Photo of people on a busy city street with their faces blurred out

 

"...every tool ever invented is a mixed blessing. How things will balance out is a matter of vigilance, moral courage, and the distribution of power.” - The Cult of Information, by Theodore Roszak, Author and Professor

 

At Kairos our vision is clear, we want to make the world a better place by serving humanity with our Human Analytics software. And that isn’t just hollow marketing talk - this is a deeply rooted belief that Kairos can have a lasting, positive impact on people's lives. It’s a daily mission to listen, support and empower our customers to create experiences that go beyond the nuts and bolts of a product. Together we are creating the future. And with that comes a great responsibility.

This is why we work with companies like Helping Faceless and encourage younger generations to use Kairos to postively impact the world.

“Unregulated Police Facial Recognition in America”

After a one year investigation, and 100 record requests from law enforcement agencies, The Center for Privacy & Technology, at Georgetown University’s law school, has found that over 117 million American adults are affected by our government's use of facial recognition and that it is poorly, if at all, regulated. Most of the affected American adults are African Americans, leaving news sources to now speculate racial profiling, “due to disproportionately high arrest rates, [and] systems that rely on mug shot databases…” the study says.

Sakira Cook, counsel at the Leadership Conference on Civil and Human Rights, notes that higher arrest rates doesn’t automatically mean African Americans are committing more crimes but that they are being policed, surveilled, and arrested in larger numbers. However, Cook does not blame the technology saying, “The problem is not the technologies themselves but the underlying bias in how and where they are deployed”.

The study also found that the databases are rarely maintained to remove innocent people, people’s whose charges have been dropped, and are not routinely tested for accuracy. Additionally, some states have logged driver’s license and ID photos and allow them to be searched without probable cause. Under the FBI’s FACE Memoranda of Understanding (MOU) these agencies are not fully following policy guidelines.

Our View On The Issue

Everyone at Kairos STRONGLY supports the work of the Georgetown law center, we work closely with them, and we are strongly in support of facial recognition privacy regulations as it keeps us all safe and secure. Our commercial customers are routinely deleting old images, enrolling people from all backgrounds, and obtaining consent. Although there are no federal laws in place saying we must do this, we feel it is our moral obligation to do so, and we want to do so.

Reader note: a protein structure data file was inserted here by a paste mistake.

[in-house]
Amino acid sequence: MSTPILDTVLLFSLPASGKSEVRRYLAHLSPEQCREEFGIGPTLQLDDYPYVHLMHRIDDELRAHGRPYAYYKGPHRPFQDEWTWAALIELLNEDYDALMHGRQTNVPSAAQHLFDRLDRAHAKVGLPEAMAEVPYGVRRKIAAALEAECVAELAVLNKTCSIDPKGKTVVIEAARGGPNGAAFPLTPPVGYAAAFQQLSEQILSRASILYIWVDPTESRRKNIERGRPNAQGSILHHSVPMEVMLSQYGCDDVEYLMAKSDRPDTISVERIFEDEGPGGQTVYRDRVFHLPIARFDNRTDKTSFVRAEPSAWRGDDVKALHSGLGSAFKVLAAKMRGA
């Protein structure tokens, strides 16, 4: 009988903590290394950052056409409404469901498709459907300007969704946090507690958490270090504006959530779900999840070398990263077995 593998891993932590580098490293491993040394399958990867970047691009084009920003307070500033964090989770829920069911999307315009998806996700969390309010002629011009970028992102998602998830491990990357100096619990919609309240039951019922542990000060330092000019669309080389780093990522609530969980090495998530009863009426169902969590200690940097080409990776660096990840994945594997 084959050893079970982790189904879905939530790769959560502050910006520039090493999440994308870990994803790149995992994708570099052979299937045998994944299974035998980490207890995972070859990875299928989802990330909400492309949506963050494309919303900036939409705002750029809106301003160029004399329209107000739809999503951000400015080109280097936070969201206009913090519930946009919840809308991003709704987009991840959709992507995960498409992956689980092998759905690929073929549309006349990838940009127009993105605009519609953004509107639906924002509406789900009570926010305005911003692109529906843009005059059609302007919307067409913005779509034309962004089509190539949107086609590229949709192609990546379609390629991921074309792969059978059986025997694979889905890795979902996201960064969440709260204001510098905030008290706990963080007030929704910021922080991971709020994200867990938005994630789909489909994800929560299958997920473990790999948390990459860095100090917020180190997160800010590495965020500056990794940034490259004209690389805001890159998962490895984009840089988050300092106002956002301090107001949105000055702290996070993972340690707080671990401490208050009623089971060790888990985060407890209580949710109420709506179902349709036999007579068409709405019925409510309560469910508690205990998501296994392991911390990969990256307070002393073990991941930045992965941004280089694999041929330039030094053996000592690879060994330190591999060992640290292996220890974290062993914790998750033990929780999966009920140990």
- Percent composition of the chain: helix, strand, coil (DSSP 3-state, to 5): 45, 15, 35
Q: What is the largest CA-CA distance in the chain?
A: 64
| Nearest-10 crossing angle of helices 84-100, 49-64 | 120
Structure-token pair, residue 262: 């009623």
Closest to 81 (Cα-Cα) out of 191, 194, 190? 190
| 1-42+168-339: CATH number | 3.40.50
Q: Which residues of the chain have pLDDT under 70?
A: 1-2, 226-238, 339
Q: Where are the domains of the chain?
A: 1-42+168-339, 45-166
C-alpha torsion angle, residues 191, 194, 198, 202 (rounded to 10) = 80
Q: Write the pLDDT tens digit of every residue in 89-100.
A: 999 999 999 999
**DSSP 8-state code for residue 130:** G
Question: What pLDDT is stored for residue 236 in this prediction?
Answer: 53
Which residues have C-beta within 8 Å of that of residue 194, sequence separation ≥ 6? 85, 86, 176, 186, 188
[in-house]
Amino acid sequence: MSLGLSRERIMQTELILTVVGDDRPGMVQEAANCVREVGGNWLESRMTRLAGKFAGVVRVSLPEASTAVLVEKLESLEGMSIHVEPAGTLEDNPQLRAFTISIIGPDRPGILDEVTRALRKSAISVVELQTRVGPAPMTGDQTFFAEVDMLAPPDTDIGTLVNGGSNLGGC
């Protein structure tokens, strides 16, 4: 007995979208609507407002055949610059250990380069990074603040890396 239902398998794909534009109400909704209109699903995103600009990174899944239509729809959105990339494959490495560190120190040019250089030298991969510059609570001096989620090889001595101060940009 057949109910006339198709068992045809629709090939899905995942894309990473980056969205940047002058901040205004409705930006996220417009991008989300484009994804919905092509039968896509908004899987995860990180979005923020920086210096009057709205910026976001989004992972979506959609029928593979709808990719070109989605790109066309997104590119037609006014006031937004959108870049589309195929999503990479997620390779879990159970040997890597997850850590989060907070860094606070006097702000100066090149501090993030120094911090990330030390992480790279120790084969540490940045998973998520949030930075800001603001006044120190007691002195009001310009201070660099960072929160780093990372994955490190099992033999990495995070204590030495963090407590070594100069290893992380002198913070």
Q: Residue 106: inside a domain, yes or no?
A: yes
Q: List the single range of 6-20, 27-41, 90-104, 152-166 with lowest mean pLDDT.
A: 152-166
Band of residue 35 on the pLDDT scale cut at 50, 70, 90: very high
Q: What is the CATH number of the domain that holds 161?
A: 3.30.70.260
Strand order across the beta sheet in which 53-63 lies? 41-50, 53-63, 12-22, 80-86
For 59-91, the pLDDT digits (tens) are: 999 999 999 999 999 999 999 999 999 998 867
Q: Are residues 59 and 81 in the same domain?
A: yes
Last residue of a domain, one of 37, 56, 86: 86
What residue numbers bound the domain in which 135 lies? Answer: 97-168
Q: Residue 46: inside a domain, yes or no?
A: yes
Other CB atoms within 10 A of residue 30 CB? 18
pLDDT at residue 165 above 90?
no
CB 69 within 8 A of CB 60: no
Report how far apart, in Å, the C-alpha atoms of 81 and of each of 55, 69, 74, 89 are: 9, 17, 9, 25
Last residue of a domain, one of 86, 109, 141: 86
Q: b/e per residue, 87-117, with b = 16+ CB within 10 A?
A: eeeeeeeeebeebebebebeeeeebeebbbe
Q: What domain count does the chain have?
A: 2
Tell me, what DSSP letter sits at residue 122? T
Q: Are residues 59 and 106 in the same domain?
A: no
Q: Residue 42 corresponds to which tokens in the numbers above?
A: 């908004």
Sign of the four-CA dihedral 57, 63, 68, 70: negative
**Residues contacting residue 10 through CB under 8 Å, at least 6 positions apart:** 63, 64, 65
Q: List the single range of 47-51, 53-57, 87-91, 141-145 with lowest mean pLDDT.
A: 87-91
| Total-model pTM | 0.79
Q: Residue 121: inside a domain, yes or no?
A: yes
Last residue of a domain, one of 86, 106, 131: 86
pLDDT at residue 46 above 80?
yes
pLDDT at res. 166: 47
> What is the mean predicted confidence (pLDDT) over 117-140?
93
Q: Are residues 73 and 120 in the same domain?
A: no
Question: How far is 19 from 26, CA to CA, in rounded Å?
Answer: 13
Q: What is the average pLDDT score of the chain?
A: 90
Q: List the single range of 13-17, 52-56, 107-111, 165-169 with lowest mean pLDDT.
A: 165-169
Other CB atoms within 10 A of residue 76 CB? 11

Illustration explaining how Kairos’ algorithms find and anonymize facial data

Kairos’ algorithms find and anonymize facial data, keeping people's privacy safe and secure.

 

We never see or store the photos that our customers send into our system and we do not keep a master list of people’s faces and information nor do we use a government database. Kairos’ algorithms find faces, detect feature landmarks, convert these into a unique and random string of numbers, and discards the original images. Once face templates are created it is impossible to reverse-engineer back into an image. This ensures the privacy of the individual.

Our Technical Responsibility & Recommendations

As technology evolves it will continue to challenge our societal norms so, as an innovative technical company we try to be transparent and open to the general public. We want to build a trustful relationship between Kairos, our tech and the public and we do so by being honest, using our tech for the greater good, and being available to explain how our human analytics platform works.

Our recommendation to the government falls inline with Georgetown Law’s Executive Director, Alvaro Bedoya’s proposals. Accuracy must be improved, testing and maintenance should be conducted regularly, state and federal laws need to be discussed, voted on, and put in place, and biometric technology should not be used to target specific groups of people.

 
 

Brief Background: U.S Government’s Facial Recognition Tools

This year the FBI released public information on the Next Generation Identification (NGI) service, a surveillance system, using the power of biometrics i.e Facial Analysis, Comparison, and Evaluation (FACE). Using a software named Interstate Photo System (IPS) they collect and search millions of “ranked candidates" photos for investigative purposes. The FBI also created the Universal Face Workstation, a free software tool for law enforcements to download to their computers so that they can access the IPS database. One can assume that these tools are being used to serve and protect our country.

While biometric/facial recognition laws and policies are scarce and federally non-existent, which we do not agree with, there are many groups looking into how law enforcement agencies are using these biometric tools. This is not to stop law enforcement from using biometric tools, as using them has proven successful, but to bring to light the challenges associated so that federal laws can be put in place to help regulate the tools for both businesses and government agencies.

Kairos is committed to being a responsible participant in this discussion. Kairos is not affiliated with the government nor do we plan to be in the future. We are always here and open to answer any questions about our technology and practices.

EXTRA SPECIAL THANKS TO

Gabriella Leone, Kairos' Head of Content, without whose contribution this article would not have been possible.

 
 
 
 

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